by: Edgar Prudcoi, B.A.
Do you often struggle with specific difficulties at work and have a hard time understanding where they stem from? Whether it is a consistent difficulty saying ‘no’ to a superior when you feel overworked or having challenges sharing your ideas in a meeting, how we experience and relate to ourselves and others within the workplace affects our overall well-being and career satisfaction. Workplace stress and difficulties we face can be influenced by our unique levels of attachment anxiety and avoidance.
From a young age and into adulthood, we develop an attachment style that serves as a subconscious mental program that influences the way we perceive and relate to ourselves and others. Our attachment styles shape our thoughts, emotions, and behaviours automatically and often without much conscious awareness. Our attachment style ultimately presents itself in the workplace in various ways; knowing our style can help us improve our work-related functioning and overcome the difficulties we have while at work.
Here are descriptions and tips on how to deal with attachment anxiety and attachment avoidance in the workplace:
1) Anxious Attachment:
Anxiously attached individuals fear upsetting or disappointing people and have doubts about their worth or capabilities. This fear-based attachment style can show up at work through actions such as compulsively checking your email to make sure nothing is wrong, worrying about being liked or valued by colleagues, and seeking frequent feedback or reassurance about your performance. When you worry, the fight or flight mode generated by your nervous system hijacks you in those moments and makes it difficult to focus on accomplishing your work or feel positive emotions at work.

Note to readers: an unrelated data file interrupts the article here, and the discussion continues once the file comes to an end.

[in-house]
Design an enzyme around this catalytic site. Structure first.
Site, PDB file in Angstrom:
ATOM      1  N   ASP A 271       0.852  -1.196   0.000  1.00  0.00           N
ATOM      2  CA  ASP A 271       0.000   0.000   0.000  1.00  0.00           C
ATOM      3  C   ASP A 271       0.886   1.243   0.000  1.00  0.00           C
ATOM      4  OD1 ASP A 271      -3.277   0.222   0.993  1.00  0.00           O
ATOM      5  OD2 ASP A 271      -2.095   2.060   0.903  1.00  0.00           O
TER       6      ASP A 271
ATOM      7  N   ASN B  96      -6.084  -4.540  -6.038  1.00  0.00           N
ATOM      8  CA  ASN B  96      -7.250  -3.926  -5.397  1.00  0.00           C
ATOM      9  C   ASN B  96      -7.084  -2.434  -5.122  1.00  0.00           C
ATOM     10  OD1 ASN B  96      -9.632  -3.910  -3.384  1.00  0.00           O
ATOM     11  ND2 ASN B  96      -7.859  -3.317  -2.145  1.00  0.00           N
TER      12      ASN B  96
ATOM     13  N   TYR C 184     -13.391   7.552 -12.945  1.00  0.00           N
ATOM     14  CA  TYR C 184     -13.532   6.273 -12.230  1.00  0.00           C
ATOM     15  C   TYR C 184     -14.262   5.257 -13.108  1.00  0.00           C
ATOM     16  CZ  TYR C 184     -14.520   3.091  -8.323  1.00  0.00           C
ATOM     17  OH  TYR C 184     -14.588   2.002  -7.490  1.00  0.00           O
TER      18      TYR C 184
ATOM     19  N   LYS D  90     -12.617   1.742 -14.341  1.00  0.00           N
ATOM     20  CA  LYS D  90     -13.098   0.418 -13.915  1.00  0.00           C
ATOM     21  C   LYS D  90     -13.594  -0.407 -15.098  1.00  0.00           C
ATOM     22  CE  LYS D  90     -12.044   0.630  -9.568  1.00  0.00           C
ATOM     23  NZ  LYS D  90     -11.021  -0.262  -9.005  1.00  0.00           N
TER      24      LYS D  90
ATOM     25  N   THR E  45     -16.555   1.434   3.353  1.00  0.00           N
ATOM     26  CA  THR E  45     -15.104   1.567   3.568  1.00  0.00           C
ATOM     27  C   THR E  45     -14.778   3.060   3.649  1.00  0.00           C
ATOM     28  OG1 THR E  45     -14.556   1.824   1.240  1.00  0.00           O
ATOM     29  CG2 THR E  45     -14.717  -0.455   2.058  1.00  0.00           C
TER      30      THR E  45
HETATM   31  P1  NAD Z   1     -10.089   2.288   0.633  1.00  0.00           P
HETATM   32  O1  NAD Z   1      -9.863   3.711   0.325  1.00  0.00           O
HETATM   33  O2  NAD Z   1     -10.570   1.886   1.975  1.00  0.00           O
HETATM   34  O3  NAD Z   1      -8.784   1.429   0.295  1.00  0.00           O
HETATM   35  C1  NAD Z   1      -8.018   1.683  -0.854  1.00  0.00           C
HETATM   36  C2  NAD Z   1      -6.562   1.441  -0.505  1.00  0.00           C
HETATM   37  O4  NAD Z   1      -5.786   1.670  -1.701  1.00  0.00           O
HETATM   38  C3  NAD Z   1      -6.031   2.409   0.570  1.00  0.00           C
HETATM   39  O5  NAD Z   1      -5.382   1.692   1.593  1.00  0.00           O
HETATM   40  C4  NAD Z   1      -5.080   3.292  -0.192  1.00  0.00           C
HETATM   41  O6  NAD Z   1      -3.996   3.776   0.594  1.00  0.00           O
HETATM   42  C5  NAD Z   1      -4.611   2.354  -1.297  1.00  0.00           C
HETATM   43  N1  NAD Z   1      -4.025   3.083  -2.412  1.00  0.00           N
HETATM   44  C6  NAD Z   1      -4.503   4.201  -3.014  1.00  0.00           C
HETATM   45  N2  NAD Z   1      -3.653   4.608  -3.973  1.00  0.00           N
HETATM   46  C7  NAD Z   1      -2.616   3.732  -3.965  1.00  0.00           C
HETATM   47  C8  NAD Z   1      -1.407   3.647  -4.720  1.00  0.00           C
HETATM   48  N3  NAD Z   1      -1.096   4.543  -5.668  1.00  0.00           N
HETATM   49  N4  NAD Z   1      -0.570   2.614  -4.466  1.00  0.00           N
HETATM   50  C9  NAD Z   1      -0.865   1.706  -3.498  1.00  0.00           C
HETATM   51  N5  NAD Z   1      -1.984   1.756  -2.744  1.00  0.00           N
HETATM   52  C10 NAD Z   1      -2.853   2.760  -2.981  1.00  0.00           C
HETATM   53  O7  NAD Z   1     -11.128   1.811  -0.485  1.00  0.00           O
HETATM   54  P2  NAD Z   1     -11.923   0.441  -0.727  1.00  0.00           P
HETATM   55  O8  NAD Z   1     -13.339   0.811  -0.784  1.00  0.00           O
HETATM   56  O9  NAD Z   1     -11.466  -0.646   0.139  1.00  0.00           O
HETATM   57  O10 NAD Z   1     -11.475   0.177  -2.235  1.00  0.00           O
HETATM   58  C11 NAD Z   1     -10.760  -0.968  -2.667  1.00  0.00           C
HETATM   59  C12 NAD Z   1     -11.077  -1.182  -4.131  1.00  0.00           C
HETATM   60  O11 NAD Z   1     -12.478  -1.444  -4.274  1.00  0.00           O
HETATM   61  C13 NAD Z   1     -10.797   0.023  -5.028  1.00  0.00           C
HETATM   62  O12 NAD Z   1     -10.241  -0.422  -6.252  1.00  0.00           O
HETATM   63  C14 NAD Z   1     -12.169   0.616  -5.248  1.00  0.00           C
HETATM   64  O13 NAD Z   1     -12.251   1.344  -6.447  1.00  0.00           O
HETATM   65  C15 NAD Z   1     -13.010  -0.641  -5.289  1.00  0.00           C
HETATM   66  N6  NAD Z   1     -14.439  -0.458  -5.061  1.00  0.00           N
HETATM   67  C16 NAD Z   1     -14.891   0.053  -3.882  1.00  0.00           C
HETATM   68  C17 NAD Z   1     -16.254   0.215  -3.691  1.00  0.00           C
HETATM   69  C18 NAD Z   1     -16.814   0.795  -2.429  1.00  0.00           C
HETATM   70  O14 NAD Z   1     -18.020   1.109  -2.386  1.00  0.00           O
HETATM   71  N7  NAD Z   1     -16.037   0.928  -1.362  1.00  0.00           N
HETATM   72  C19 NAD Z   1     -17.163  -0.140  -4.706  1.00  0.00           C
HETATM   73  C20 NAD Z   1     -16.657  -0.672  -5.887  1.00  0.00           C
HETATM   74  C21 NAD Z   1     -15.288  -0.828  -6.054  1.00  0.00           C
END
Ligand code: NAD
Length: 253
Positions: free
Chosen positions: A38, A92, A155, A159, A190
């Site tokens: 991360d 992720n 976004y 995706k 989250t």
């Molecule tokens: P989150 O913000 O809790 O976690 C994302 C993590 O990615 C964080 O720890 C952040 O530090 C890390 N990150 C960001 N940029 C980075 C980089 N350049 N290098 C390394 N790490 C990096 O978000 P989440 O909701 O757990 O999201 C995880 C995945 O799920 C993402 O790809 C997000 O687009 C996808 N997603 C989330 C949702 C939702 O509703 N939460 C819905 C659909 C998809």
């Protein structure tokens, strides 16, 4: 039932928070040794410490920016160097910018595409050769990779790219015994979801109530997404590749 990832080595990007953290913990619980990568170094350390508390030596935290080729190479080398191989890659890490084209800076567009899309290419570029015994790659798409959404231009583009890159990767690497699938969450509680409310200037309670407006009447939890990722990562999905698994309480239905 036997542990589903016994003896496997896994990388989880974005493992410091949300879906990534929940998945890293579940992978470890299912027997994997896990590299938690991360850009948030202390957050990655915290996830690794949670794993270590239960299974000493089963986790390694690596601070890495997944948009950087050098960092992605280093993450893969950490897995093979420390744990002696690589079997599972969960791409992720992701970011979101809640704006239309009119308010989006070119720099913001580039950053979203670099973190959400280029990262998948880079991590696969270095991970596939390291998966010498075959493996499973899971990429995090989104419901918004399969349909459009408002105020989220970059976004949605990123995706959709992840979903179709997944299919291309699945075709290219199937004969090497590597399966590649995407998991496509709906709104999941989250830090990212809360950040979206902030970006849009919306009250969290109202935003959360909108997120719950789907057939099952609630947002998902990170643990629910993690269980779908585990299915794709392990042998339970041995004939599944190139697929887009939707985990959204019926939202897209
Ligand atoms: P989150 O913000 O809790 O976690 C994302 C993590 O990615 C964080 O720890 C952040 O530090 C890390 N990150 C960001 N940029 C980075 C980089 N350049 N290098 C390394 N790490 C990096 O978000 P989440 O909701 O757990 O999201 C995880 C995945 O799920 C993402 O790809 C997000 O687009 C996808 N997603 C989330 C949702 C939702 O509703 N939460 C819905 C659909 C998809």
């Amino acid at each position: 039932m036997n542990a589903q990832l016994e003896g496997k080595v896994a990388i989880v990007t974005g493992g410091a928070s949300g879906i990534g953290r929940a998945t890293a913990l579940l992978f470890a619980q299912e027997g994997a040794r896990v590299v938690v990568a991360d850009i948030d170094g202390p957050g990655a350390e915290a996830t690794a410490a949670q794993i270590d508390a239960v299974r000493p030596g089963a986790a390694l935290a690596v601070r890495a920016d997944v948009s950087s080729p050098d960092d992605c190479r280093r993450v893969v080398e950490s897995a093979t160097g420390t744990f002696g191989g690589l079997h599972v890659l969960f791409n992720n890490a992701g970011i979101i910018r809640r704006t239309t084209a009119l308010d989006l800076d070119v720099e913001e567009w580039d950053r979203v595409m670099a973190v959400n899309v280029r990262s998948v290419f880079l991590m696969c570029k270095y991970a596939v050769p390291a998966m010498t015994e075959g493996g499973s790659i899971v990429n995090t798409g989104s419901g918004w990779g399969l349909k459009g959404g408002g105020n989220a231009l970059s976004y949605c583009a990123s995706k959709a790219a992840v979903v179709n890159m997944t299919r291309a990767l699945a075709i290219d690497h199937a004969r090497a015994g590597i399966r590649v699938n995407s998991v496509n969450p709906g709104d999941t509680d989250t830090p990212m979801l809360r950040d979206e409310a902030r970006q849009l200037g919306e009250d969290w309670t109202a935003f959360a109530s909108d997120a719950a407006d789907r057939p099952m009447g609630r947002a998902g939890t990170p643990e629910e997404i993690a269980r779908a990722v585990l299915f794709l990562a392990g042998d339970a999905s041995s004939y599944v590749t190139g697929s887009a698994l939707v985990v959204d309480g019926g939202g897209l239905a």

How to manage anxious attachment at work:
Begin to work on creating a more positive and nurturing relationship with yourself and remind yourself of your abilities, worth, and accomplishments. Explore the parts of yourself that you, your colleagues, and superiors value about you and the evidence that you are an asset at work.
Take a step back and approach circumstances and interactions at work by developing a positive and realistic self-dialogue rather than taking a critical view of yourself. Doing so may sound like, “the constructive feedback I received isn’t because I am a bad employee, I am doing my best, and now I know what I can improve on to become even better.”
2) Avoidant Attachment:
Dismissive avoidant individuals may have a positive self-evaluation and a negative view of others as less capable, less intelligent, or unreliable. A fearfully avoidant person will have a fear of an attachment relationship and also a negative view of others as being undependable or untrustworthy. This fear can be experienced in the workplace by avoiding forming relationships because of mistrust or perceptions that you cannot rely on or depend on others. This also may lead to tendencies of micromanaging and monitoring employees and more likely dismissing input from others. If you have a fearfully avoidant attachment style, you may feel “stuck” with your work when you do not trust yourself or others with it. This feeling may show up as not getting started on a project because you feel incapable of completing it and lacking trust in sharing your difficulties with others, which may lead to developing a ‘why bother trying’ mentality.
How to manage avoidant attachment at work:
Acknowledge that others may also have valuable ideas or contributions. Approach colleagues and yourself with curiosity rather than judgment or defensiveness. Notice the tendency to put achievements ahead of relationships at work and be mindful of tending to both. Make sure to encourage yourself to communicate with others and develop trust to delegate work and ask for help. Be cautious of thoughts that suggest, “It will be better if I do it.”
For fearfully avoidant attachments, try some tips discussed to manage the anxious attachment style while also making small and manageable steps to work through what it is you’re avoiding.
Are you ready to better understand and master the mental and emotional parts of striving for a successful career and a balanced life? CFIR’s mental health professionals can help!
Edgar Prudcoi, B.A. is a therapist at the Centre